All in all, I too gave the game a seven, because it has filled the niche for a short two player game. However, two other games have since made this game less attractive. For a two-player card game, I prefer the two-player duel in Bohnanza. It is a bit less strategic and it takes longer to play, but has more interaction and is just as portable. And for a quick game I really like Tsuro, a tile laying game for 2 to 8 players that plays in around 15 minutes.
 
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This is probably the thinnest theme I've seen in a game. That said, I think that the art is fantastic and for me, that was a huge selling point. What really got me about the art was this picture:

The realization that each card was a step further in a fantastic expedition made the art meaningful to the theme that Knizia was trying to convey.
Furthermore, although the board could be replaced with a piece of paper with colors on it, the board to me adds just a little more to the style, as well as providing a simple organization tool for it.
That said, if theme as thin as tissue paper is a problem for you, I can see where this might cause problems.
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My wife and I were waiting in line for a movie when the couple behind us started playing Cribbage. I liked their idea of having a quick, portable 2-player game to play when it was just the two of them waiting in line.

I had my father-in-law teach us cribbage and quickly discovered that neither I nor my wife liked it much. In my quest for a 2-player game that met my requirements I remembered Lost Cities gets talked up here on BGG. It's much better than Cribbage. It's short and intense. Both my wife and I enjoy it. It's not so complex that you can't converse while you play. I do wish it was more compact and portable, but it's easy to make a Lost Cities deck out of two decks of face cards.

It's certainly not my favorite 2 player game. It's not even my favorite Kosmos two player game. But it's brilliant compared to all the traditional two player games played with standard playing cards I tried out.

From a thematic standpoint it seems pretty much par for the course as far a card games are concerned. Take cards printed specifically for Go Fish or Old Maid for example. When you start an expedition in Lost Cities, you don't know how it's going to end. For me, that's theme enough for the mechanisms.

People say there's a lot of strategy to it, but it always feels like more of a push-your-luck game to me.
 
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John W
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ColdFrog wrote:
This is probably the thinnest theme I've seen in a game. That said, I think that the art is fantastic and for me, that was a huge selling point. What really got me about the art was this picture:

The realization that each card was a step further in a fantastic expedition made the art meaningful to the theme that Knizia was trying to convey.

Thank you for sharing this.
I agree - anything providing more thematic connection helps this game. It is simply too dry otherwise IMO.
I hadn't seen that great pic before. thumbsup

2 other things:

1) To the OP, you may want to read some of the other reviews/threads that don't rave about the game, detailing its perceived inadequacies, and fans come out to talk up the game.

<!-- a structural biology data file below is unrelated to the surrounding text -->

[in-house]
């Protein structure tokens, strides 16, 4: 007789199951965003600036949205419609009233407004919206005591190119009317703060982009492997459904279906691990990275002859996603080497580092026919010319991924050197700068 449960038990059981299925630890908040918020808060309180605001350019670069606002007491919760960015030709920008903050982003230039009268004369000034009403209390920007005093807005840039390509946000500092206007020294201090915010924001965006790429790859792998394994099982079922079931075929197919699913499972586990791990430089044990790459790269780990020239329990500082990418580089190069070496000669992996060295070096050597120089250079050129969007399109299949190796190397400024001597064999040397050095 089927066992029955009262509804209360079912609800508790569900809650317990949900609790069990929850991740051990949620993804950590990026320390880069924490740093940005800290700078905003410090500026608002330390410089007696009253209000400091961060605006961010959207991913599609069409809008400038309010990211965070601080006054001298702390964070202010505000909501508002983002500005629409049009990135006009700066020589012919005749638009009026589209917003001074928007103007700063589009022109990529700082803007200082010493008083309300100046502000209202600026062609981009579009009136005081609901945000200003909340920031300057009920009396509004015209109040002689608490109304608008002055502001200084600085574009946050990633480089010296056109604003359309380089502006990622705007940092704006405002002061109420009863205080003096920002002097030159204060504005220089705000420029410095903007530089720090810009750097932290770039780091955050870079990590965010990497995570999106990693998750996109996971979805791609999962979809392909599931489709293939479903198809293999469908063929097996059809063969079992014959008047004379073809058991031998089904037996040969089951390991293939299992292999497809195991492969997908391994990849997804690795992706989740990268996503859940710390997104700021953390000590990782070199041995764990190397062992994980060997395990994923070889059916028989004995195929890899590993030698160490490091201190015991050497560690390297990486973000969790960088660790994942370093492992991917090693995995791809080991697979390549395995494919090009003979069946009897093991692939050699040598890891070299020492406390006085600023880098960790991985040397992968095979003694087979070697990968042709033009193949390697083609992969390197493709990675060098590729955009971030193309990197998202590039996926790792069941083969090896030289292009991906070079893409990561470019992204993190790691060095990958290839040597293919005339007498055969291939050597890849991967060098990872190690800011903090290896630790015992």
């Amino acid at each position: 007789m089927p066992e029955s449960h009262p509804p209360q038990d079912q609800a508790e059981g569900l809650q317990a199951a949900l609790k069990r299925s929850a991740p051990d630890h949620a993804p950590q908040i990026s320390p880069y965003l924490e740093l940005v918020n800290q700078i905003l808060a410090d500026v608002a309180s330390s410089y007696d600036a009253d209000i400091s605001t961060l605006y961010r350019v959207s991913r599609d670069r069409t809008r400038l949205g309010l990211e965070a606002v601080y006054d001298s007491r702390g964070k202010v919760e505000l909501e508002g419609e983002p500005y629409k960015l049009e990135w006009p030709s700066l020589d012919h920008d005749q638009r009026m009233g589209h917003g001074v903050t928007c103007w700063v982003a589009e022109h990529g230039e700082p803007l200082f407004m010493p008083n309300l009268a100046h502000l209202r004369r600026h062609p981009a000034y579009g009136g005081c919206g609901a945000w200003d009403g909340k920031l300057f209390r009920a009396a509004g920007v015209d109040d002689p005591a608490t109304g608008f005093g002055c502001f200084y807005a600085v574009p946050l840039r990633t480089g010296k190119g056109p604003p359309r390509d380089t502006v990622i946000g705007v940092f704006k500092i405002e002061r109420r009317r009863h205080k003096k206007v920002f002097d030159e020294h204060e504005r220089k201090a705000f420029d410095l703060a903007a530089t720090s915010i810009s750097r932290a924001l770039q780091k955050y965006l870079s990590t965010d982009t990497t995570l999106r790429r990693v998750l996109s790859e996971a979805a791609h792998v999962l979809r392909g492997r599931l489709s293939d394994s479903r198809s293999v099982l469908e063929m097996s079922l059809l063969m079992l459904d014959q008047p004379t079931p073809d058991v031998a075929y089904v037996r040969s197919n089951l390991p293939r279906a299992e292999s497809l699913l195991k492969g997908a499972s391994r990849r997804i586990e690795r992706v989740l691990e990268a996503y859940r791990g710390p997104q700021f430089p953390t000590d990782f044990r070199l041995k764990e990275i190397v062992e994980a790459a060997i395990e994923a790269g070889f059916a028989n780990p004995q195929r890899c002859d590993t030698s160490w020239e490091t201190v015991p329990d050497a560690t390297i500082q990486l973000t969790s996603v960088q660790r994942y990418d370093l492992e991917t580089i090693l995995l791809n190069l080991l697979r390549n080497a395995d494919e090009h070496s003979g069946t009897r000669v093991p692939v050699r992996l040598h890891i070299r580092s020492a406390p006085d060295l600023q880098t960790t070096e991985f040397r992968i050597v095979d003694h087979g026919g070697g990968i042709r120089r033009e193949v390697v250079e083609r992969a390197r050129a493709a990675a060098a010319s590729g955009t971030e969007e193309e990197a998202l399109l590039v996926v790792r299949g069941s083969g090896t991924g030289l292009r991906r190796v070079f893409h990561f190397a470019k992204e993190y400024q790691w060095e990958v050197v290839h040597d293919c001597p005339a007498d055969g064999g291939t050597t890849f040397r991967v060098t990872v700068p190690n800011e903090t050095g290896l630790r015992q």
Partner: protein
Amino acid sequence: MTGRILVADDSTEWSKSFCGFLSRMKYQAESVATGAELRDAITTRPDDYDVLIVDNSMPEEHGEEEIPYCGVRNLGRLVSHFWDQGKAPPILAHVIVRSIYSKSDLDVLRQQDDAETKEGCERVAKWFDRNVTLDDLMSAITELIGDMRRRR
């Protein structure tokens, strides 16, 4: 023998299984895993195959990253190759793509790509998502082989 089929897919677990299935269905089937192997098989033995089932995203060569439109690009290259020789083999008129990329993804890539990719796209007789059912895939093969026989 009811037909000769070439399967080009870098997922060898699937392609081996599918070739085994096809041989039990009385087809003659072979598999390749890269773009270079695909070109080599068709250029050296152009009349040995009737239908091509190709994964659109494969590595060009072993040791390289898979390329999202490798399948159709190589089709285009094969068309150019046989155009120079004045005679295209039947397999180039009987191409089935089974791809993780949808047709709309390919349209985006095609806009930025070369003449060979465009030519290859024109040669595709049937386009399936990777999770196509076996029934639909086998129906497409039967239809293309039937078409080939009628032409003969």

It's natural.

2) Ron -
you've supplanted Lost Cities (when you want a quick game) with Tsuro?
Wow - I guess that's certainly going the opposite direction, solely from a strategic criteria - Tsuro's basically a gorgeous coin-flip.
 
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Simon Johnston
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MattDP wrote:
Of course discarding isn't always a bad move - otherwise no one would do it.

And from the review...

MattDP wrote:
Discarding a card is always a bad move because you've lost the opportunity to play a scoring card and you've also given your opponent a potentially useful card to pick up


This struck me as obviously false the first time I read it. Good to see you don't actually believe it
 
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Guy Riessen
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Simon J wrote:
MattDP wrote:
Of course discarding isn't always a bad move - otherwise no one would do it.

And from the review...

MattDP wrote:
Discarding a card is always a bad move because you've lost the opportunity to play a scoring card and you've also given your opponent a potentially useful card to pick up


This struck me as obviously false the first time I read it. Good to see you don't actually believe it


Yeah that's what got me too--considering the manipulation of the discard piles is one of the key elements of the game.
 
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Matt Thrower
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Simon J wrote:
This struck me as obviously false the first time I read it. Good to see you don't actually believe it


Okay, my poor phrasing. My intent was to state that discarding carries an inherent weight compared to playing a scoring card. I think I might rephrase the review to make it clear what I mean.
 
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MattDP wrote:
...while I'm very well aware that Eurogames aren't normally about theme this one absolutely has to be the most poorly applied theme I've ever come across.
Ah, you see, all the theme is in the title, which fits perfectly!

The title is "lost cities." And what do you find when you open the box? No cities! Nothing even remotely like or related to cities! Why? Because they are lost!

I rest my case.